Shortbread | American Society of Baking
Recipes and Formulation:


Also known as shortbread cookie or biscuit

What is shortbread?

Shortbread is a traditional Scottish cookie (biscuit, in British English) characterized by a crumbly texture and made with butter, sugar, and oat or wheat flour. Alternatives to plain shortbread are now made with chocolate chips, nuts, and confited fruit.1

It is commonly consumed during holidays and national festivities  and can be made in several shapes and sizes:1

  • Triangular
  • Round (individual serving or large divided into triangular segments (Petticoat Tails)
  • Rectangles (elongated or fingers)
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Shortbread originated in medieval Scotland. It is thought to have been developed from the leftover dough of breadmaking, that was twice baked to form a dried and hard rusk.1  Eventually, the yeast from the dough was replaced with butter to provide the characteristic texture known today.1

Once considered an expensive luxury in Scotland and the UK, shortbread cookies are consumed everywhere today.1


Basic ingredients used in the production of shortbread cookies:

Ingredient Type1 Usage level (Baker’s percentage) 1 Function2
Flour Low protein flour (All- purpose wheat flour flour) 100%
  • Ensures formation of gluten network structure
  • Imparts color by providing substrate for Maillard’s browning reaction
Butter or Shortening Butter, margarine or shortening 83.3%
  • Imparts tenderness and mouthfeel
  • Lubricates dough
  • Aids in air incorporation during creaming
  • Aids in shelf-life stability
  • Provides a rich buttery flavor
Sugar Granulated white sugar, or a mixture of white granulated sugar and icing sugar 50%
  • Provides sweetness
  • Aids in the creaming of fats
  • Contributes to cookie spread
  • Provides color, through Maillard’s browning reaction
  • Coarse sugar granules result in chewier cookies, while fine sugar granules lead to a crispier cookie
Oat or Rice Flour Finely ground 33.3%
  • Imparts unique nutritional and flavor profiles
Flour Granulated 0.2%
  • Enhances flavor and aroma perception


Typical nutritional value of commercially available shortbread cookies per 100 g:3

Component Grams
Carbohydrate 56.67
Fat 26.67
Water 13.33
Protein 3.33

Shortbread cookies are highly caloric bakery products due to the high levels of sugar and saturated fats. A commercial shortbread cookie provides 500 kcal per 100 g serving.3

Commercial production

Shortbread cookies are commercially produced through the following process:2

  • Scaling and weighing ingredients separately.
  • First stage mixing or “cream up”: fat and sugars are mixed in a horizontal or vertical mixer.
  • Second stage mixing: flour is added, and the mixing is continued at low speed to form a homogeneous mass.
  • Resting: the mixture is left to rest for 30 min to allow hydration of the flour.
  • Forming: dough is fed to a rotary moulding machine from a two roll sheeter.
  • Baking: dough is baked at 205 – 230 oC (96 – 110 oF) depending on its thickness for 11 minutes.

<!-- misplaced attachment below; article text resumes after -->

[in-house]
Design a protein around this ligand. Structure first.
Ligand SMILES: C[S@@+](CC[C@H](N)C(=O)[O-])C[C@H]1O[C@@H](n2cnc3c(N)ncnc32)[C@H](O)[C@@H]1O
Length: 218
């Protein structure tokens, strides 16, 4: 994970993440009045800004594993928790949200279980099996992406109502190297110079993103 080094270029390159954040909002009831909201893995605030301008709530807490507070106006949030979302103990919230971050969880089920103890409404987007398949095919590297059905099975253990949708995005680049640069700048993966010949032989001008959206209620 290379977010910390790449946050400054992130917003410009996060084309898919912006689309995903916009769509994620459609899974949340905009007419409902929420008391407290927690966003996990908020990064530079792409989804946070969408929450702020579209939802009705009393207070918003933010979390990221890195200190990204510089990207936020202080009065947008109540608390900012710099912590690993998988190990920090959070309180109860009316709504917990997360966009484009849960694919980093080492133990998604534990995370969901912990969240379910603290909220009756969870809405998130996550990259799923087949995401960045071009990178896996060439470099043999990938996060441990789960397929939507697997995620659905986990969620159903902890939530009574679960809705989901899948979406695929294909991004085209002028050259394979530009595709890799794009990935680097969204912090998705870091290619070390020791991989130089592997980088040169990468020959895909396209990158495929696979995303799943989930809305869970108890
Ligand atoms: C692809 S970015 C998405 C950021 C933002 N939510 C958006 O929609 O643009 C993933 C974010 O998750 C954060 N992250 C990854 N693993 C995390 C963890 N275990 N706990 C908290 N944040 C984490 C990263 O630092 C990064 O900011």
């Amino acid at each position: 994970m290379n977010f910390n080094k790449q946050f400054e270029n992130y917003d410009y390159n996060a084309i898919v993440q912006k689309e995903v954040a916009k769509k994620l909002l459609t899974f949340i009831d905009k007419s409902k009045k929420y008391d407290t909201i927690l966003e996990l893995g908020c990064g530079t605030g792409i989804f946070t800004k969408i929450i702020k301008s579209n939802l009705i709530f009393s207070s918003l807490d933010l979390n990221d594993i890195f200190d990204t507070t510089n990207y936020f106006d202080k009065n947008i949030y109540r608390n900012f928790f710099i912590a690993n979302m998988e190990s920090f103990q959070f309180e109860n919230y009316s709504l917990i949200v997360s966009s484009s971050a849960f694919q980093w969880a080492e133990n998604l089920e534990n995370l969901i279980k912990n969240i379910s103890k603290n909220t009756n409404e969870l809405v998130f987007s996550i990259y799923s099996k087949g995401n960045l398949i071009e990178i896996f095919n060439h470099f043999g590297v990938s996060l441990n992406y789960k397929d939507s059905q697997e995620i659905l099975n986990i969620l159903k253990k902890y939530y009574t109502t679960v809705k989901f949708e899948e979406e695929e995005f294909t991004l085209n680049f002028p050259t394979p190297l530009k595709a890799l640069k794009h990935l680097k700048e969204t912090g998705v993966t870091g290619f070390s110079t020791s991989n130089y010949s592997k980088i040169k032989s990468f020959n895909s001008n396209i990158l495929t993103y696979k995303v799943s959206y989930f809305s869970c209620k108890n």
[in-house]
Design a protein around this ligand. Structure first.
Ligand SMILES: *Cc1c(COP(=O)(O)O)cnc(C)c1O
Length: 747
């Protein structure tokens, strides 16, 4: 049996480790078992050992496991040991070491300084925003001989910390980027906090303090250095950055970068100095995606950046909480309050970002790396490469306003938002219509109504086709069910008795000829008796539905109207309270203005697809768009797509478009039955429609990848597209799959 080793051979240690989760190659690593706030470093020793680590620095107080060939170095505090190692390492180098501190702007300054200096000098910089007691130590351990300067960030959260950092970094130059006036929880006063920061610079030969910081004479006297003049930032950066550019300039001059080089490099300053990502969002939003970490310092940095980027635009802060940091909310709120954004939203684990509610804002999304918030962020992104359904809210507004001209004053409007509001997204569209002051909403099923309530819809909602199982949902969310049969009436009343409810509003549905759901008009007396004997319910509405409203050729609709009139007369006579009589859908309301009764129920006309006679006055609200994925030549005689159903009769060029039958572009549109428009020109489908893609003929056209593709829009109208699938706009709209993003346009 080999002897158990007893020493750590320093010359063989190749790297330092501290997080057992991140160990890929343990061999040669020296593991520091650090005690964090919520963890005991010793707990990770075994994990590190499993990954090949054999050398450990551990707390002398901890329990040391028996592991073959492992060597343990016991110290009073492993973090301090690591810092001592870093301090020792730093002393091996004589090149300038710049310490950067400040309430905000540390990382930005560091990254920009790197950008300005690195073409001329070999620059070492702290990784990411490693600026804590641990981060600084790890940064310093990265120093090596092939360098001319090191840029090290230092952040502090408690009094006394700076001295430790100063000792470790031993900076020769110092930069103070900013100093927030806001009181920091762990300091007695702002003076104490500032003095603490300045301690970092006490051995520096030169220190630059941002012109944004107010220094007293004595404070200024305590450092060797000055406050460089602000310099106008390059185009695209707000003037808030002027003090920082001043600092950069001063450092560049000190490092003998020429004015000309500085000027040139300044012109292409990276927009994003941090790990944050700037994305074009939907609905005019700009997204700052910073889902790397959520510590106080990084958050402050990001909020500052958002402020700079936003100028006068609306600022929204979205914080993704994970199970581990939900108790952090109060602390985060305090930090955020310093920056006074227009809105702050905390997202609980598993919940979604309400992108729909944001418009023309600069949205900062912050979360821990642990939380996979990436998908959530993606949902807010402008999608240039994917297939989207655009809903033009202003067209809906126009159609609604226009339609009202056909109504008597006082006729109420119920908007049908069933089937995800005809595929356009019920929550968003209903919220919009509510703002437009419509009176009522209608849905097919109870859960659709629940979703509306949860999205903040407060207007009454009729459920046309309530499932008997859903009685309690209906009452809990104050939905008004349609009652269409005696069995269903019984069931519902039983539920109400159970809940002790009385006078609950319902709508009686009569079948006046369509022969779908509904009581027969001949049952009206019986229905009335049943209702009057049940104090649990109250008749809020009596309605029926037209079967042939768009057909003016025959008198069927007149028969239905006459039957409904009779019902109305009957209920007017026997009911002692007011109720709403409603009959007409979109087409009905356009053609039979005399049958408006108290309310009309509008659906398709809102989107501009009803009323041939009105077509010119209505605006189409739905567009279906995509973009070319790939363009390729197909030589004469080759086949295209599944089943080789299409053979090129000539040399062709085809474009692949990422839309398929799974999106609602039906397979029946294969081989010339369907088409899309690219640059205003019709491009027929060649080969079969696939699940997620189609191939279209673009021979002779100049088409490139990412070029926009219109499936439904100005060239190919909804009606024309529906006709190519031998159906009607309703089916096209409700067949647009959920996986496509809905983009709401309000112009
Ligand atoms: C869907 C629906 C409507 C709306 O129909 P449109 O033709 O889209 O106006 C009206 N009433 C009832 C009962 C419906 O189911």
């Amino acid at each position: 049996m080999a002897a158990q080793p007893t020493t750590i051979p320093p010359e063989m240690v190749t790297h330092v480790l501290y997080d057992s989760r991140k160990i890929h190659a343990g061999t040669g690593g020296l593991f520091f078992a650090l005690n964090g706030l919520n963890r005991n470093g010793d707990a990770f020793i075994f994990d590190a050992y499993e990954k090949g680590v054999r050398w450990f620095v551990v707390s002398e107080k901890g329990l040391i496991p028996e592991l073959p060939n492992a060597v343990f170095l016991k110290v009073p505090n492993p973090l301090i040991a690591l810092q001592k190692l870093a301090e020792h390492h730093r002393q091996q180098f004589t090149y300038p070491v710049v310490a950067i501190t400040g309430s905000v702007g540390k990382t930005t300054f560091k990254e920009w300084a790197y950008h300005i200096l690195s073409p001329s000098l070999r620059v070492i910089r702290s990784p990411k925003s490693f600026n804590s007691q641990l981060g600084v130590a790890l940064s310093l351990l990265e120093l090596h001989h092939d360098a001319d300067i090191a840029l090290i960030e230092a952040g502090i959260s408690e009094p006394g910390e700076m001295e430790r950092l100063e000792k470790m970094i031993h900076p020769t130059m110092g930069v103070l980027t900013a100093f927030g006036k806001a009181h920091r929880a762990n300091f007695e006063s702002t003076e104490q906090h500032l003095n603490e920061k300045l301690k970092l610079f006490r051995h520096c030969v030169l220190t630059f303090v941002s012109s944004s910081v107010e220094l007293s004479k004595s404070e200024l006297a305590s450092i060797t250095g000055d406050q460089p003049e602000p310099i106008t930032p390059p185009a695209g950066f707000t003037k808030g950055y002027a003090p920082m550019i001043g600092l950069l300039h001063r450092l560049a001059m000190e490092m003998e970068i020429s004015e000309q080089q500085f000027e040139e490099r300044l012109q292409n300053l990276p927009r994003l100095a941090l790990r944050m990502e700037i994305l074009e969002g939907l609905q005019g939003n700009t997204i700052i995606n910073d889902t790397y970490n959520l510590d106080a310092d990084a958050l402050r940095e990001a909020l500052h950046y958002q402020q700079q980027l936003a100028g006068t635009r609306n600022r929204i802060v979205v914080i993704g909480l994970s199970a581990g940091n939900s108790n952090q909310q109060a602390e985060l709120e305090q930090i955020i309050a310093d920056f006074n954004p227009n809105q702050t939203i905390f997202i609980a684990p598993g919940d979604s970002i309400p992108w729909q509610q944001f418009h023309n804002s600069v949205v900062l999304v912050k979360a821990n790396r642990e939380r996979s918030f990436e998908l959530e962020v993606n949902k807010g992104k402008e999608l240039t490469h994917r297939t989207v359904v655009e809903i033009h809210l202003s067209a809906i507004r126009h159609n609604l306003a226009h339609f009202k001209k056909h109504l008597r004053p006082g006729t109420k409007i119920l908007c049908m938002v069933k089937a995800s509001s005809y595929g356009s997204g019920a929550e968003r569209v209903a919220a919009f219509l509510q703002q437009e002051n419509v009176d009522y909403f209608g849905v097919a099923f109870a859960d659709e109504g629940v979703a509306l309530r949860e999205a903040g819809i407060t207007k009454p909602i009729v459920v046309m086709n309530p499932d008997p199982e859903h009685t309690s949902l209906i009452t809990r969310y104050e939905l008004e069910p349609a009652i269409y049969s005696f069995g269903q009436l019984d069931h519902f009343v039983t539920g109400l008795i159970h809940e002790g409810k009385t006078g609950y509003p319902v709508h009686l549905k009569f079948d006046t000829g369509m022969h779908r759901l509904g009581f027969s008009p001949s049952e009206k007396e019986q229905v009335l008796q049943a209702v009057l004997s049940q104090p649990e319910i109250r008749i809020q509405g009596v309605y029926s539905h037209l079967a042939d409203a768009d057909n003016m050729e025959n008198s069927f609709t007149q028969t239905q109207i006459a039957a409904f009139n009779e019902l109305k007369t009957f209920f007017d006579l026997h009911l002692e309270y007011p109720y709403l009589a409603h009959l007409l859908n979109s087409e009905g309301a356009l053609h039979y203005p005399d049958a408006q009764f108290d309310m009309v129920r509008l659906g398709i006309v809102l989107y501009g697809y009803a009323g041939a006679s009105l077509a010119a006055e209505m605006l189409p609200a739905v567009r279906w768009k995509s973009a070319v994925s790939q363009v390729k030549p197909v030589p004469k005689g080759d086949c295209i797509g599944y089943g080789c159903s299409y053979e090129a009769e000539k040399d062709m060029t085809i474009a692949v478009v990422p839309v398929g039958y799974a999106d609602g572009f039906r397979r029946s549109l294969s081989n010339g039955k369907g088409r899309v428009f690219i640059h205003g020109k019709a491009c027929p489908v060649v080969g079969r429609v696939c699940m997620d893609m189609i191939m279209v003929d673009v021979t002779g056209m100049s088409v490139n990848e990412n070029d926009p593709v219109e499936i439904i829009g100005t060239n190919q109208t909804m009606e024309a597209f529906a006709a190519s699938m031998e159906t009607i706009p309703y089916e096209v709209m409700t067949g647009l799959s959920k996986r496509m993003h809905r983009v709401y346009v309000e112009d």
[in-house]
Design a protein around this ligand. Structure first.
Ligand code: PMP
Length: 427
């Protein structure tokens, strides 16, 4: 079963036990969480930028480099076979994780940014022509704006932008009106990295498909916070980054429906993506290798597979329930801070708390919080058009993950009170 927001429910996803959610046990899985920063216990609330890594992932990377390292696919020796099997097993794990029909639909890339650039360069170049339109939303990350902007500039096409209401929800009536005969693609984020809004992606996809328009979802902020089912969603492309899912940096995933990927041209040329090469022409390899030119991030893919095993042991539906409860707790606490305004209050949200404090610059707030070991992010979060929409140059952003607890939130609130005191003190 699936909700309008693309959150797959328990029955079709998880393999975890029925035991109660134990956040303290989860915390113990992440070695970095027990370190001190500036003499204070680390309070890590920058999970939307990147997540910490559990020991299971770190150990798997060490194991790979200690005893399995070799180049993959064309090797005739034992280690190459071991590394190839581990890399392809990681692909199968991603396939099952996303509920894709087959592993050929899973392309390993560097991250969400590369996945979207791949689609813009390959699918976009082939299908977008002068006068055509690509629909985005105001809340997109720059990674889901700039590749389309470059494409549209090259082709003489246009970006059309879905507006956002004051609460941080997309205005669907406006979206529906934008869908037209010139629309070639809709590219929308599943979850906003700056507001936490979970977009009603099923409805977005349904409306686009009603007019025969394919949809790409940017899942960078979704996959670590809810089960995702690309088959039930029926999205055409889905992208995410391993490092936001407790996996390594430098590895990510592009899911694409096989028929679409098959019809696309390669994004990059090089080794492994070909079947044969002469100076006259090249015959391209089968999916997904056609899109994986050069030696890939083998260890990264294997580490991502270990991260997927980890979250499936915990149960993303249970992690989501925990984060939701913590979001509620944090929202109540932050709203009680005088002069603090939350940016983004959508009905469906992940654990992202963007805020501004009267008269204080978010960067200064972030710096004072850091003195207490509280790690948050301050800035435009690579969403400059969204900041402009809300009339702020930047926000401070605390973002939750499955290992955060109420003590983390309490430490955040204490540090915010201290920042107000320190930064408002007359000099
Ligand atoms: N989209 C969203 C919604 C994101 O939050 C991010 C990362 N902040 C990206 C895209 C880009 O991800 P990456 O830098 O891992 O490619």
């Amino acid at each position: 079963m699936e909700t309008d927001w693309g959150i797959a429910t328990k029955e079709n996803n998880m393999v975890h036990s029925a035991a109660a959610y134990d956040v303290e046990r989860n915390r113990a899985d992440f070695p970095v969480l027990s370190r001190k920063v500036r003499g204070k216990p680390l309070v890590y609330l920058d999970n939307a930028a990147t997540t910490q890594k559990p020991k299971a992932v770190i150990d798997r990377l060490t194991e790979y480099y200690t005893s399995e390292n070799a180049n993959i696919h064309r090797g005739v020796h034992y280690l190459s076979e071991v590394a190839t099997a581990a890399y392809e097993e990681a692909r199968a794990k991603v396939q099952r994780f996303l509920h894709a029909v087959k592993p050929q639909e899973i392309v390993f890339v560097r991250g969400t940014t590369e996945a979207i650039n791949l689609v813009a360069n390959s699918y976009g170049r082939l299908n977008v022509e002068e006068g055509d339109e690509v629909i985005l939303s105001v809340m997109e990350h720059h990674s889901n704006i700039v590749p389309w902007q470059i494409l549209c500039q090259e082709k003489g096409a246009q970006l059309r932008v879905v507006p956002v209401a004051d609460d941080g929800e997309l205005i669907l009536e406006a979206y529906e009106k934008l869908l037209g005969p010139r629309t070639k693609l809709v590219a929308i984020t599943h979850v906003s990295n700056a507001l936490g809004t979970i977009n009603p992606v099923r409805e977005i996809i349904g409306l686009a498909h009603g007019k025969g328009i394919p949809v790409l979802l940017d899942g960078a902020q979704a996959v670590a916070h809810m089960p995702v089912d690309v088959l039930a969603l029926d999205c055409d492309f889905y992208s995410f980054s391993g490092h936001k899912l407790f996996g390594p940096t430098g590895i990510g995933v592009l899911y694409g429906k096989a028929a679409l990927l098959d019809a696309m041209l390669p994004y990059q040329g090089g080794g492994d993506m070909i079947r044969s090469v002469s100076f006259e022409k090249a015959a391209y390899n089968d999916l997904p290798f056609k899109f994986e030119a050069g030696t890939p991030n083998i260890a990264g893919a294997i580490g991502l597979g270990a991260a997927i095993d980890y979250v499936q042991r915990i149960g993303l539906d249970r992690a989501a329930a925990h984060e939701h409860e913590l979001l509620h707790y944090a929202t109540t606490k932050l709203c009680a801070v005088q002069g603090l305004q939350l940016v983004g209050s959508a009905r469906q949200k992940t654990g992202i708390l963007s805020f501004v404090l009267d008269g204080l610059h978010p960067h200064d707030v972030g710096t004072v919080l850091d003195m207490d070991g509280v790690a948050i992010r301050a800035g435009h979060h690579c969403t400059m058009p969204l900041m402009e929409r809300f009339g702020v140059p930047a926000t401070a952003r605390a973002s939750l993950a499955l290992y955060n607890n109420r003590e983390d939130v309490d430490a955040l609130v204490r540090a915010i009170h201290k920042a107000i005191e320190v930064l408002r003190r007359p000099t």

• Cooling: cookies are cooled down for 5 min.
  • Packaging and storage.


Shortbread cookies can be made with plain wheat flour, oat flour, rice flour or a combination of two or three of them. For gluten-free formulations the use of rice or oat flour is recommended, the use of these alternatives will provide a sandy texture instead of a crumbly one.2

Considerations during processing:2

  • Low water content, high sugar and fat are responsible for the cookie crumbly texture.
  • High humidity at the beginning stages of the baking process is important for structure setting.
  • Baking times depend on the thickness of the cookie, and they range from 6 – 13 minutes longer baking times are preferred over high temperatures.
  • Second stage mixing should be minimal to avoid developing the gluten web.

Traditional shortbread cookies don’t have any leavening agents, however recent varieties are using it to provide a lighter texture.1


Shortbread has a Commercial Item Description (CID) by the USDA, and it is considered a Type 1-cookie. All of its ingredients are considered safe by the FDA when following good manufacturing practices.4

In the EU, shortbread cookies are categorized in the Cereal and Bakery Products category, and as in the US all of its ingredients are considered safe.5


  1. Johnson, Ben. “The History Of Scottish Shortbread – Historic UK”. Historic UK, 2021, . Accessed 18 Apr 2021.
  2. Davidson, I. Biscuit, cookie and cracker production: process, production and packaging equipment. Academic Press, 2018 , pp. 6 – 158.
  3. U.S. Department of Agriculture, Agricultural Research Service. FoodData Central, 14 July 2017. Accessed 18 April 2021.
  4. U.S Department of Agriculture. COMMERCIAL ITEM DESCRIPTION COOKIES The U.S. Department Of Agriculture (USDA) Has Authorized The Use Of This Commercial Item Description (CID).. United States Department Of Agriculture, Washington, 2007, pp. 1-2.
  5. Food Safety Authority of Ireland. Guidance Note On The EU Classification Of Food. Food Safety Authority Of Ireland, Dublin, 2001, p. 33